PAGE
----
Draft Regs re Licensing Released

Unless you've been on vacation for the past week or so, you probably know that the Ontario government released the first draft regulation made under the Condominium Management Services Act (CMSA). The draft regulation focuses on the licensing of managers, which the Ontario government has suggested is one of its top priorities. The Act and regulations are not yet in force, but those in the know indicate that they will be phased in over the next few years. The Ontario government released the regulations in draft format to give stakeholders an opportunity for input before the regulations are finalized. The goal is to have the final version in force on July 1, 2017. In addition, other regulations are expected to be released early this year. To review the regulations and provide feedback visit the Ontario government website: http://www.ontariocanada.com/registry/view.do?postingId=23342&language=en  The regulation includes two types of licences: a limited licence and a general licence. A limited licence gives new managers an opportunity to learn the job under the supervision of an experienced licenced manager. The limited licence manager is not able to perform certain tasks, like signing status certificates, accessing reserve funds, or enter into contracts. The goal of most managers will be to obtain a general licence. There are many requirements to get a general licence, including: a police check; holding a limited licence; passing exams; and two years experience working with a manager with a general licence. Many people are curious about the transition period for existing managers. Once the CMSA comes into force, existing managers and management companies will have 150 days to apply for a licence. They can continue to provide services until a decision has been made. There are three types of licences for existing managers:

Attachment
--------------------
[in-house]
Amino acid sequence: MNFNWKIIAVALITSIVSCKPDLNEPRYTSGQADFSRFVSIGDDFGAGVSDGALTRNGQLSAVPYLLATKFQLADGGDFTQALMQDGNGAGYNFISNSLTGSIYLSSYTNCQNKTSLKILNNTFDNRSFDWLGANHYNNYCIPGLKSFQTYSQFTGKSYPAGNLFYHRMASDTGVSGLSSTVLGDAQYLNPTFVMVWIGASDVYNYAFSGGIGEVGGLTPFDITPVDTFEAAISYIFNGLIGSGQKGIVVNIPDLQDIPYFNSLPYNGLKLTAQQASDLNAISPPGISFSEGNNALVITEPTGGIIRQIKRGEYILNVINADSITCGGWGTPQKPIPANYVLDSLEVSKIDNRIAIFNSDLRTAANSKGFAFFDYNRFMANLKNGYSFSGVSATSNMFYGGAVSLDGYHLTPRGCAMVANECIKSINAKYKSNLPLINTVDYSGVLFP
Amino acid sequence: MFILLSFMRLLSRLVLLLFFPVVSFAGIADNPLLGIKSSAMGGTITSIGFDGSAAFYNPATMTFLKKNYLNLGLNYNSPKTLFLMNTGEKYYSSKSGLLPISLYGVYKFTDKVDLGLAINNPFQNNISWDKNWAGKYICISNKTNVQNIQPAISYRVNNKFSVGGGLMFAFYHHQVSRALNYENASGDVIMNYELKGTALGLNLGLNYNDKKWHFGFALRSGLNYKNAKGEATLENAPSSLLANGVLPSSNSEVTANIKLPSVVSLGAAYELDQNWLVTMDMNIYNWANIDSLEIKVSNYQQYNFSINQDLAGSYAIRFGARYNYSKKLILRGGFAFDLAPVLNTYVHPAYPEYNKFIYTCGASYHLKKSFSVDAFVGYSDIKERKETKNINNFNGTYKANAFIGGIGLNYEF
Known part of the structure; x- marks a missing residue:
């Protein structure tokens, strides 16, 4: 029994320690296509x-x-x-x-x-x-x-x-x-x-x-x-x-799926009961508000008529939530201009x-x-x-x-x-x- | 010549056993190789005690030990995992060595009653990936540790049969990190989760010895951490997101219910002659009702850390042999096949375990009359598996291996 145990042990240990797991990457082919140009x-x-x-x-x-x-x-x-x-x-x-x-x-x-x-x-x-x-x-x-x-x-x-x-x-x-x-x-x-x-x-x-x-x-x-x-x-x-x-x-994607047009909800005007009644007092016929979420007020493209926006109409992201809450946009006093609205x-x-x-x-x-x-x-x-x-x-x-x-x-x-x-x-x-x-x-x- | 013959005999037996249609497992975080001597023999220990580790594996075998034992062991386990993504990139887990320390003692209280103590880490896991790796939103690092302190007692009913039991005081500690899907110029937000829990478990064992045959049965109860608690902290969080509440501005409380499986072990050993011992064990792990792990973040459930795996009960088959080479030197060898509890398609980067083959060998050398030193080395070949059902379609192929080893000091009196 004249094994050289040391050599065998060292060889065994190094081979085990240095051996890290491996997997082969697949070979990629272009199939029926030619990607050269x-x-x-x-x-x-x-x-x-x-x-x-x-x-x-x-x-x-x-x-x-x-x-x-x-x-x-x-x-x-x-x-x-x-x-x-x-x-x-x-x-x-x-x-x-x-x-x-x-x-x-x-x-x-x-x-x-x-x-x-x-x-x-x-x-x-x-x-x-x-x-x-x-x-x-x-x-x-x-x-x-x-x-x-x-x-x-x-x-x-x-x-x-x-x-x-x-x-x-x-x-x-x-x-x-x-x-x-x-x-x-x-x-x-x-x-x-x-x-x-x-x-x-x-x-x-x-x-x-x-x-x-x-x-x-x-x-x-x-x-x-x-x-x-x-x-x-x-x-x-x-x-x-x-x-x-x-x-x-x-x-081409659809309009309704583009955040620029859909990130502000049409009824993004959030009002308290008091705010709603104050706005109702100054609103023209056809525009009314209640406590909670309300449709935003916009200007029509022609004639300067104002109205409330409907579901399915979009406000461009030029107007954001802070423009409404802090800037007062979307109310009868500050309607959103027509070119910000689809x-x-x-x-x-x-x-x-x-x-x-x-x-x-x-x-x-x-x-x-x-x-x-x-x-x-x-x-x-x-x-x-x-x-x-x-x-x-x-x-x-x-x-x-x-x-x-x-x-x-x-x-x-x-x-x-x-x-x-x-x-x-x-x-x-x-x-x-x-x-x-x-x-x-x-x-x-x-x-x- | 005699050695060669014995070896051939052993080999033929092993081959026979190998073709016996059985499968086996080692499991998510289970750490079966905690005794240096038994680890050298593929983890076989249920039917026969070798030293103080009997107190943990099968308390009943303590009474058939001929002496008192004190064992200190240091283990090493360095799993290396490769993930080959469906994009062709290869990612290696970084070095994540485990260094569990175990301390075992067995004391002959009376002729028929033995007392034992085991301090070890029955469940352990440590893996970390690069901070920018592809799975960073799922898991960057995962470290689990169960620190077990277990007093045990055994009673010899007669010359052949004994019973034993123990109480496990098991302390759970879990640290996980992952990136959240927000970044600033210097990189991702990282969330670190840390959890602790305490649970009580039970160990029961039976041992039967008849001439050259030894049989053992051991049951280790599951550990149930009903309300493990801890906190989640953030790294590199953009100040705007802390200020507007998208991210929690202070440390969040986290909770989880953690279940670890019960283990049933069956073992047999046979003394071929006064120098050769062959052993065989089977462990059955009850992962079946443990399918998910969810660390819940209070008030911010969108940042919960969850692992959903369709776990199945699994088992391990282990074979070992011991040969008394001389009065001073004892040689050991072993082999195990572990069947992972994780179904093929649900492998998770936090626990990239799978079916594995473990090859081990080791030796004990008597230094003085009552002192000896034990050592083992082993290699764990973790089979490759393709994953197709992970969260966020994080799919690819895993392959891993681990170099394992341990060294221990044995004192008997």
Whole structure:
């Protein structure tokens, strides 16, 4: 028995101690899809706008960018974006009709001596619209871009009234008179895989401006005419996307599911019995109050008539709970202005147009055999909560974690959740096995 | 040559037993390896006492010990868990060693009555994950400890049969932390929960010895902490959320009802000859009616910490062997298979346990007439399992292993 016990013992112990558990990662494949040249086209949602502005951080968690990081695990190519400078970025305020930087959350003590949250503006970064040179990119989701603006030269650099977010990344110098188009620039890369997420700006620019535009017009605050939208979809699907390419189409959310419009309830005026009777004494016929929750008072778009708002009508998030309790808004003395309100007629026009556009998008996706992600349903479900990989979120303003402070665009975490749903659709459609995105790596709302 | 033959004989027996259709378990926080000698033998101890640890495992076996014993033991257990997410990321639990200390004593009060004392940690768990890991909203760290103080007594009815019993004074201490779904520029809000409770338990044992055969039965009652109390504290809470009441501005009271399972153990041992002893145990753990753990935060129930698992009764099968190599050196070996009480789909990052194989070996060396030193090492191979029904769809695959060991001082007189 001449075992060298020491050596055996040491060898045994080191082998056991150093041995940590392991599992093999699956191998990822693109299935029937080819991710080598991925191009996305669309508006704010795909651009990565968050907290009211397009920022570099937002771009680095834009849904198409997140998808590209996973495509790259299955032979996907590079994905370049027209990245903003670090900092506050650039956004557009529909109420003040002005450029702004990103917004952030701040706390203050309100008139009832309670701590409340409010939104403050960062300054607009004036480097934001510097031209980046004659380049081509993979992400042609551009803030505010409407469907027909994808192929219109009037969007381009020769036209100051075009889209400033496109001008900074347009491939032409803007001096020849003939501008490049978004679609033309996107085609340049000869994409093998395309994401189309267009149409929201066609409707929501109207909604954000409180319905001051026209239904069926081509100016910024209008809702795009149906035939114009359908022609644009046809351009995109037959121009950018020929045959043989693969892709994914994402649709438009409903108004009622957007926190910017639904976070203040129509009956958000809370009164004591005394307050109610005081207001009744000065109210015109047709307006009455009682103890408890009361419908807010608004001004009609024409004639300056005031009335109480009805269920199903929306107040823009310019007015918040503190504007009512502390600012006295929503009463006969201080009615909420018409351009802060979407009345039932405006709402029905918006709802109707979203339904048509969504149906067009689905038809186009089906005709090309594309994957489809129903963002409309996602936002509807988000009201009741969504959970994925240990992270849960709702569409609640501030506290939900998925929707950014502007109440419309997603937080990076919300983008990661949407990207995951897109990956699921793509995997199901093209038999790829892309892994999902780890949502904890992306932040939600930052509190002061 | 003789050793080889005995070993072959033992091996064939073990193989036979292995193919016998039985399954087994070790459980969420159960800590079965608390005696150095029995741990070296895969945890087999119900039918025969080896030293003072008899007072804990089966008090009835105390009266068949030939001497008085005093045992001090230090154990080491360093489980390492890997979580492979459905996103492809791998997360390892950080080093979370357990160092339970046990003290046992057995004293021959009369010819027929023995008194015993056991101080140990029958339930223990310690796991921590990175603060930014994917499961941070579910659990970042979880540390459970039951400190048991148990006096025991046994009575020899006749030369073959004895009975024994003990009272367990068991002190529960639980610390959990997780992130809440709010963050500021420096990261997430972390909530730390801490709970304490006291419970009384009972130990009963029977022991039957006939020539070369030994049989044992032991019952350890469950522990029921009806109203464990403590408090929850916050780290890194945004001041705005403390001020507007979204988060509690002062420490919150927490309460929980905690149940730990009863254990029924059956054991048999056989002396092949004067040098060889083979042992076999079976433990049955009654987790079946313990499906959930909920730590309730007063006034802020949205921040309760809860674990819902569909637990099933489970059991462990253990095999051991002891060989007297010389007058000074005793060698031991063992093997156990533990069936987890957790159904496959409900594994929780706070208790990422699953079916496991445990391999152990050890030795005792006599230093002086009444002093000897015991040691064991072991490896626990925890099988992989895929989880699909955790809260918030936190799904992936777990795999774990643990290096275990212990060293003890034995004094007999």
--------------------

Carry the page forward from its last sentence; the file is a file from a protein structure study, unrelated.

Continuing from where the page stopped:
• limited licence (up to 2 years experience);
  • transitional general licence (more than 2 years' experience); and
  • general licence (more than 2 years' experience, and possess the RCM designation or have completed 4 mandatory courses developed by ACMO).
Like regulations for lawyers, the regulation also covers administrative issues of the licensing process, such as record keeping requirements and the registrar's powers to deal with complaints. This will continue to be a hot topic for 2017 so keep on the lookout for upcoming programs and articles on the amendments and regulations. I'm speaking at the ACMO Burlington Conference on February 3rd, 2017. Armand Conant will be discussing the regulations in detail during the legal panel. I hope to see you all there!